Drawing as thinking

“We want to understand the changes that are taking place for you all,” says Steve after we’ve had our chilli and nachos. “We’re interested to hear your reflections and aspirations.”

It’s the second of Creative Scene’s ‘The Social’, an opportunity for North Kirklees’ creatives to network and learn from others.

But also, as evaluator Steve Swindells from Huddersfield University points out, a chance to hear from those who can help shape the direction of this innovative arts programme.

There’s an eclectic mix here tonight and I’m pleased to see long-standing Creative Scene supporters, Sonja, Ashleigh and Duncan are among them.

On tonight’s bill is visual artist Matt Worden who’s planning to get us to see the world differently with an evening of observational drawing.

“First off, we’re going to make our own sketchbooks,” he says, demonstrating with an A2 sheet of cartridge paper and a craft knife. “Please be careful with those knives!”

Matt now invites us to draw a self portrait. “But we’re going to do it blind, so everyone shut their eyes,” he says, “and don’t take your pen off the paper.”

The room falls silent as lines are drawn, marks made. Laughter follows after a couple of minutes as we reveal our efforts. “Oh yes,” says poet Jason, “I’ve forgotten to draw my beard!”

The self portraits are a starting point for us to introduce ourselves. “Mine is a bit different,” explains Duncan, holding up his new sketchbook. “There’s me, with muddy boots, on a narrowboat, holding our baby. Why am I here? New experiences give you new perspectives, don’t they?”

The evening unfolds into part drawing exercises and part autobiographical talk. Matt tells us of a career in the NHS involved in socially-engaged art practices. Fifteen months ago he took voluntary redundancy and now uses art in leadership training.

“I also set up a ‘drink and draw’ class in our area. I love showing people how to use different materials and getting images down on paper,” he enthuses. “Whether it’s locals coming to the evening classes, or corporate managers looking for new ideas, drawing helps people define themselves.”

As we get onto our next exercise – drawing a horse upside down – it’s clear Matt loves teaching people to draw. And it’s clear people here are enjoying being taught.

“It’s all about looking,” he says, “and concentrating on shape and form.”

When we turn our horses the right way up – hey presto – even the self-proclaimed non-drawers are surprised with their equine sketches.

“At school we’d have broken that image down on a grid,” says Sonja. “But this was really useful, and quite straightforward. I could do that.”

“Storytelling through images has always been very powerful for getting your point across,” says Matt. “We’re being fed information all the time through images and we don’t always realise it. There’s power in images.”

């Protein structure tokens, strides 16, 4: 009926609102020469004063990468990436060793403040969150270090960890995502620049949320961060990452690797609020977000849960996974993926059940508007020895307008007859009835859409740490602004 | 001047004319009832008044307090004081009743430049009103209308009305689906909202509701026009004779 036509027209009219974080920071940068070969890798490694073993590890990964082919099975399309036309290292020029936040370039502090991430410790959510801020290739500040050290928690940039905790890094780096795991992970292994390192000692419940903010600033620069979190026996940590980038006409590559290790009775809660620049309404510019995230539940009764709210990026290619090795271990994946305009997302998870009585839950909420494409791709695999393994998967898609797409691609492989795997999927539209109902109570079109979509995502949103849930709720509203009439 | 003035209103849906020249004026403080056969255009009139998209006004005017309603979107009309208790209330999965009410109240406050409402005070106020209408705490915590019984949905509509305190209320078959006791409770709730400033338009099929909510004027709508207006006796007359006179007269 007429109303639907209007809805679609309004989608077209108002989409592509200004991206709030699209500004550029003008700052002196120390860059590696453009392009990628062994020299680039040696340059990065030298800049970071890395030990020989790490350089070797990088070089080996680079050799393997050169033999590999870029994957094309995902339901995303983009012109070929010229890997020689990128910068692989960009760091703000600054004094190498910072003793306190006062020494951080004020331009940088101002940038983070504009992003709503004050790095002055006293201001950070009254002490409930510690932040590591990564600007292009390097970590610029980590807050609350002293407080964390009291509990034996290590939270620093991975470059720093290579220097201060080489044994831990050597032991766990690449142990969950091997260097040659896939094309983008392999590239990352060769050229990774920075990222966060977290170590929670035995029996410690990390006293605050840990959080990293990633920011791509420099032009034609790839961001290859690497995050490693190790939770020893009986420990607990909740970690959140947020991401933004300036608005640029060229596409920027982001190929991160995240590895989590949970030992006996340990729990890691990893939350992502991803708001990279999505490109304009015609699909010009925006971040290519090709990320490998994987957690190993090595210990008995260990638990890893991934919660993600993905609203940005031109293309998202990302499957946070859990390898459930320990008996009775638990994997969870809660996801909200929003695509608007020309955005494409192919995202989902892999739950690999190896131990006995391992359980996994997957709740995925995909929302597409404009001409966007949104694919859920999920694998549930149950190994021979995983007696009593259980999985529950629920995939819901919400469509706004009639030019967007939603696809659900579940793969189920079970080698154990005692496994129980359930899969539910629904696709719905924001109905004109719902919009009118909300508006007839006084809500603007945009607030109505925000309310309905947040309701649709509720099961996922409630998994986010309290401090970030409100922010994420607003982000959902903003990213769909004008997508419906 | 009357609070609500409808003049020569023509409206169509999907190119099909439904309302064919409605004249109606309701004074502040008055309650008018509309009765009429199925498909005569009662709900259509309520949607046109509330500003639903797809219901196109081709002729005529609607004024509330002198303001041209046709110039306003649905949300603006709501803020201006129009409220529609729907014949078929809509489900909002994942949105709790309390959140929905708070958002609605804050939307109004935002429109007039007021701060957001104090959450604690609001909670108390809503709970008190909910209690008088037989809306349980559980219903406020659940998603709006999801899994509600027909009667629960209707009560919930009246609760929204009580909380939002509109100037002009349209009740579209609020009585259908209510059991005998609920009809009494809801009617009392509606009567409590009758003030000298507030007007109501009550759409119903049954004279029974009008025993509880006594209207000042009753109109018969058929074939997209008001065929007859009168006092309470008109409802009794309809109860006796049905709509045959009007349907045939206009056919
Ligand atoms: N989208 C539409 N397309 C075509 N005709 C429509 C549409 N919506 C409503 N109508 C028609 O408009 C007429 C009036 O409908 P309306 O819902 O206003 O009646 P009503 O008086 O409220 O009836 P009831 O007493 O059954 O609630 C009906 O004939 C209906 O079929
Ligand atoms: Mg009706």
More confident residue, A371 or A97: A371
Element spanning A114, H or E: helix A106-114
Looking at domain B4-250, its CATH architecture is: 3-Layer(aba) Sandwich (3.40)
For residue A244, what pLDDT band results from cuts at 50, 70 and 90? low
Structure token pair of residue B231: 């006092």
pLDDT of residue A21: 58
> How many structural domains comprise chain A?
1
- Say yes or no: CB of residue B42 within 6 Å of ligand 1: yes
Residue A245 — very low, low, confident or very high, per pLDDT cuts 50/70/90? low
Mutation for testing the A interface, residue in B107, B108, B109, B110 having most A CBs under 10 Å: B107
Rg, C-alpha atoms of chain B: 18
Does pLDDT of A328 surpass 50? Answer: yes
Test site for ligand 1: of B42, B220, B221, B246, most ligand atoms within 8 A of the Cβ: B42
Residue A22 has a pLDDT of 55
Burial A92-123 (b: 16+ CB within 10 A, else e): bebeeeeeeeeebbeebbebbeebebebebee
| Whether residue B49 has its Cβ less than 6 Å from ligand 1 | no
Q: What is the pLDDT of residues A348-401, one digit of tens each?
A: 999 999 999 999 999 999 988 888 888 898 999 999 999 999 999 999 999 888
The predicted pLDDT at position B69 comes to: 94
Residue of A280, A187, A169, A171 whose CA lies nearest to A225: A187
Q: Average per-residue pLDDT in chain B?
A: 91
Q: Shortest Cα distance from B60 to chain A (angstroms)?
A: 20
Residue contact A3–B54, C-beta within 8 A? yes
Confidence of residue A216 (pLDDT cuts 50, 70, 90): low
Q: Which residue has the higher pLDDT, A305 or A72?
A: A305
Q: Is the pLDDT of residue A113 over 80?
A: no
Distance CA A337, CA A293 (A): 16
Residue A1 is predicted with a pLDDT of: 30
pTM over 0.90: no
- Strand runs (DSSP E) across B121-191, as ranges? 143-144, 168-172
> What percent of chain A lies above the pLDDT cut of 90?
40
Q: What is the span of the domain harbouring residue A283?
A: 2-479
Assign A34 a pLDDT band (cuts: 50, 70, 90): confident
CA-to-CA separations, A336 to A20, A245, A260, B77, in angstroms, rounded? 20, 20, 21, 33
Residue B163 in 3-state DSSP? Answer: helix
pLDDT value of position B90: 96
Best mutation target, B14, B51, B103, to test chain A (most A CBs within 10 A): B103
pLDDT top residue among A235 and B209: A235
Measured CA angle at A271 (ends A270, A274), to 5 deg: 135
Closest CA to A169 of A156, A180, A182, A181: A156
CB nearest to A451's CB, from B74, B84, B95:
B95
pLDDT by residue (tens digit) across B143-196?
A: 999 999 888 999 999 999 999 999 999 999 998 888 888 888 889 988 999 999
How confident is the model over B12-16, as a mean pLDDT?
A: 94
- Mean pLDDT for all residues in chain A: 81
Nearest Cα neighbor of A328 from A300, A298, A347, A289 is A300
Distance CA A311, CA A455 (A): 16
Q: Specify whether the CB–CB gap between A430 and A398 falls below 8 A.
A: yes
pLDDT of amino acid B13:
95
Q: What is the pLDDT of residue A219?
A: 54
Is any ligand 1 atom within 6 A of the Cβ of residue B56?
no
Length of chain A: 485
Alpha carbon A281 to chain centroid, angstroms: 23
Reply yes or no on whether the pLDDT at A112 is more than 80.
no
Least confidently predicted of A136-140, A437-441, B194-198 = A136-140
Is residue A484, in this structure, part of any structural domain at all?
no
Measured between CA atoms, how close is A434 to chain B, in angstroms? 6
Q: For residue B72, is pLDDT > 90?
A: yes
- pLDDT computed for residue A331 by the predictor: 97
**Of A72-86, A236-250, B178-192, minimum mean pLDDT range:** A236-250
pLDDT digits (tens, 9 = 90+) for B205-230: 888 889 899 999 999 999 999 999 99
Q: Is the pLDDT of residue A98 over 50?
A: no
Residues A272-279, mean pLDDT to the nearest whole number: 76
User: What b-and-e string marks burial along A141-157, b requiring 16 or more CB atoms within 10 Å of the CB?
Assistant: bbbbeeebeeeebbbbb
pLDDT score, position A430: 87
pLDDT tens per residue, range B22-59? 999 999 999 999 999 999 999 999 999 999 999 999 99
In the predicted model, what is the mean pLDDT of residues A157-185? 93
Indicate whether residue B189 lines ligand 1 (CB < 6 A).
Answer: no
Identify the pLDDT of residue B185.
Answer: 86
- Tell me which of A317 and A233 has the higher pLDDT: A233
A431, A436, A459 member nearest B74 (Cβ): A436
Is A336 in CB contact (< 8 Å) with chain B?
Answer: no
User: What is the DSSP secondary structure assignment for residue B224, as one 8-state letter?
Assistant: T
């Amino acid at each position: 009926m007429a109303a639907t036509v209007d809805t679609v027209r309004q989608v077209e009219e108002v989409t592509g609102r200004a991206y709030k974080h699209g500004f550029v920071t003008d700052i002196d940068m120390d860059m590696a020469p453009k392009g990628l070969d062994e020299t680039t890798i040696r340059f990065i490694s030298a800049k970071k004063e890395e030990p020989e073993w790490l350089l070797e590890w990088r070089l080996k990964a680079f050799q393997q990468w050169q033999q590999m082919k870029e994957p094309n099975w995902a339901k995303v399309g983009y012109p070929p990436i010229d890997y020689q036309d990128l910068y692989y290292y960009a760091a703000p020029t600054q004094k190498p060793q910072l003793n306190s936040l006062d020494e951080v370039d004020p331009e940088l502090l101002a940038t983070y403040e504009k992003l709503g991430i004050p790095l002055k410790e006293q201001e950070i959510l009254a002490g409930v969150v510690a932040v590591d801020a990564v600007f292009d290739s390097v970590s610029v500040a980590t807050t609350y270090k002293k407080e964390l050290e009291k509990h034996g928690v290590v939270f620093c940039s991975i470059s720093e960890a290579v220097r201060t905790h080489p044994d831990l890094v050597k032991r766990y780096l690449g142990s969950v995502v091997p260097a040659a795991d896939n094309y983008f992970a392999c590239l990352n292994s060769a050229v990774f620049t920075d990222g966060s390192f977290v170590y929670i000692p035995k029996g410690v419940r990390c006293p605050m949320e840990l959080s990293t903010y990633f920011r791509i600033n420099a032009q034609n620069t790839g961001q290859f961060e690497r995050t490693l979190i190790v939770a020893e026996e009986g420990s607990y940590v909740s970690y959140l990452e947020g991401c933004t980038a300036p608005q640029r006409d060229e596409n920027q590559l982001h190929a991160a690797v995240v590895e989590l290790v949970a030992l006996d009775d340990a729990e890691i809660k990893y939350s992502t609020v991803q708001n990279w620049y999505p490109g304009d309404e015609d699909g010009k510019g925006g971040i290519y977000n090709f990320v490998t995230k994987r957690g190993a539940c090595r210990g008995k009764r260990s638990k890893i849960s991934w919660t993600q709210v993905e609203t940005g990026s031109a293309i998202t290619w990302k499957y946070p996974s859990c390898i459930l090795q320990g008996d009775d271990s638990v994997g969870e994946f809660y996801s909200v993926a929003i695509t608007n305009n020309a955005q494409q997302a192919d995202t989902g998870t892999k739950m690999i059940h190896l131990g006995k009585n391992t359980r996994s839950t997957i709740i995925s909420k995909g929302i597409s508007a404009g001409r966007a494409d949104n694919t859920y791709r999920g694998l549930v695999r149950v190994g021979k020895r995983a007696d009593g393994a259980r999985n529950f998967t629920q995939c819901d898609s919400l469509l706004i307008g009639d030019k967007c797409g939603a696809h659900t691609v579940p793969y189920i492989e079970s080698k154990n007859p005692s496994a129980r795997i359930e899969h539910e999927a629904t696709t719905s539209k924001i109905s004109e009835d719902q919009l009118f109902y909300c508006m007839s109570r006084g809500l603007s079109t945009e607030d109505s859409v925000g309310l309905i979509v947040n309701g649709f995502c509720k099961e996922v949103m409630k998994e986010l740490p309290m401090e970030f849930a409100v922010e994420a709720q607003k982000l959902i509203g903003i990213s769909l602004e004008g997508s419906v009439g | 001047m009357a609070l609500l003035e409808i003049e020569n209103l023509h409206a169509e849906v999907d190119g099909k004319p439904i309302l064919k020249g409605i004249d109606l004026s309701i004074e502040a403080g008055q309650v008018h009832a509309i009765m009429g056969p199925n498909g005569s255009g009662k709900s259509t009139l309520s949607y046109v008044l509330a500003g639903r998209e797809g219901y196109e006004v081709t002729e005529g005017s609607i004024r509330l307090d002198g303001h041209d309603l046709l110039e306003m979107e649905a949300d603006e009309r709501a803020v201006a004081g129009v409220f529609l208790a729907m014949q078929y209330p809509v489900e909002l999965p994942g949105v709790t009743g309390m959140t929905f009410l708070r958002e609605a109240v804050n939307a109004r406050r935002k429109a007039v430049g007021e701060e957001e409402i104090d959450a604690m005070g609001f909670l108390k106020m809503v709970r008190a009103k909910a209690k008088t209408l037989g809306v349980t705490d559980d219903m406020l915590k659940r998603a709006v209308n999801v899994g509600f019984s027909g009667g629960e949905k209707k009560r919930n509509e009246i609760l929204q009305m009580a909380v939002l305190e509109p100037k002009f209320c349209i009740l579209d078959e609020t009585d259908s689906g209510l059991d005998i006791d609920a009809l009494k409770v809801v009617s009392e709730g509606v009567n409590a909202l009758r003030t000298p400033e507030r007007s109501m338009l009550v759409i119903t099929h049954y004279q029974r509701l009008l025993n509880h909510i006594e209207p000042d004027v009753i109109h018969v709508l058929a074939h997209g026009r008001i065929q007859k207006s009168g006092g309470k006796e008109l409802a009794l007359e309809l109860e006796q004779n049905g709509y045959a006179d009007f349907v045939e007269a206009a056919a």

Some more exercises. Next we’re focussing on our own hands. First we draw just the creases in our skin and then we get to draw the whole hand.

“Now draw with your ‘other’ hand,” says Matt. “So, if you’re right-handed, draw with your left.”

It’s great fun. My cack-handed drawing is better than the one with my ‘proper’ hand. But there’s a more serious side to all this than just making marks on paper. Our participants are beginning to see how useful it could be to their own practice.

“I can see how you can adapt these techniques,” says Fiona. “They help you look at things from a different point of view. If I were writing, for instance, it could help you think of a different way of approaching your subject, turning things on their head, using your non-dominant side. It’s been really useful.”

“That all really resonated with me,” says Sonja as the pens are collected up, “particularly the upside-down technique.”

“Your horse was amazing,” I say.

“I’m going to get my mum to have a go. She’ll say she can’t draw but I think she can.”

The next Social is on Thursday, 6th April and is all about socially engaged art practice featuring Bo Olawoye, from Nottingham’s New Art Exchange. Email Creative Scene if you’re interested in coming along.

“I’m so giddy, so excited about it all.”

Golden sunlight streams across the Market Square as the shutters are pulled down at Batley Bargain Centre. Metal barriers, heavy electrical cables and theatrical paraphernalia populate the Memorial Gardens. It must be nearly time for the Batley Festival.

“So describe to me what’s going on here,” I ask Festival chair, Kimberley as we stand next to a row of portable toilets waiting for the volunteer performers.

“Apparently this is the watchtower,” she says, pointing out a scaffold structure, “and the films will be projected onto three of its sides.”

I can see Claire and Damian from Periplum Theatre Company amongst the technical people adjusting spotlights and clutching gaffer tape. Tonight is the first rehearsal for The Batley Picture Show, specially commissioned by Kimberley and her committee.

“This will be unique to Batley,” I say.

“I know. I’m so giddy, so excited about it all. We’ve seen some storyboards but really we don’t know what’s going to happen.”

We’re expecting a group of local people to play a supporting role in the performance and a crowd of junior rugby players. Duncan is one of the volunteers: “The call-out mentioned flaming rugby balls and exploding tea cups, which I couldn’t resist,” he says. “I enjoy taking myself out of my comfort zone.”

Already a supporter of Creative Scene, Duncan tells me he has some proposals to get his town on the artistic map. “Liversedge is underrepresented in North Kirklees and I’d like to work with Creative Scene to change that next year,” he says.

“Sounds good,” I say. “I’ll come along and tell that story.”

As the library clock chimes six, Claire gathers everyone together for some introductions. “Damian and I are directors of Periplum and we co-wrote this piece; Damian has done all the film editing and I’m directing the show,” she says, “so I get to boss people around a bit.

cs_080916_005-edit“We’ve been going for 15 years or so and we like to make new theatre each time: new writing, a new story and an original composition. That’s our artistic vision.”

We get to meet the rest of the small team: performers, musicians, composers and technical bods although, it seems, everyone does a bit of everything. “And this is Graham,” says Claire, “who will be working with you this evening.”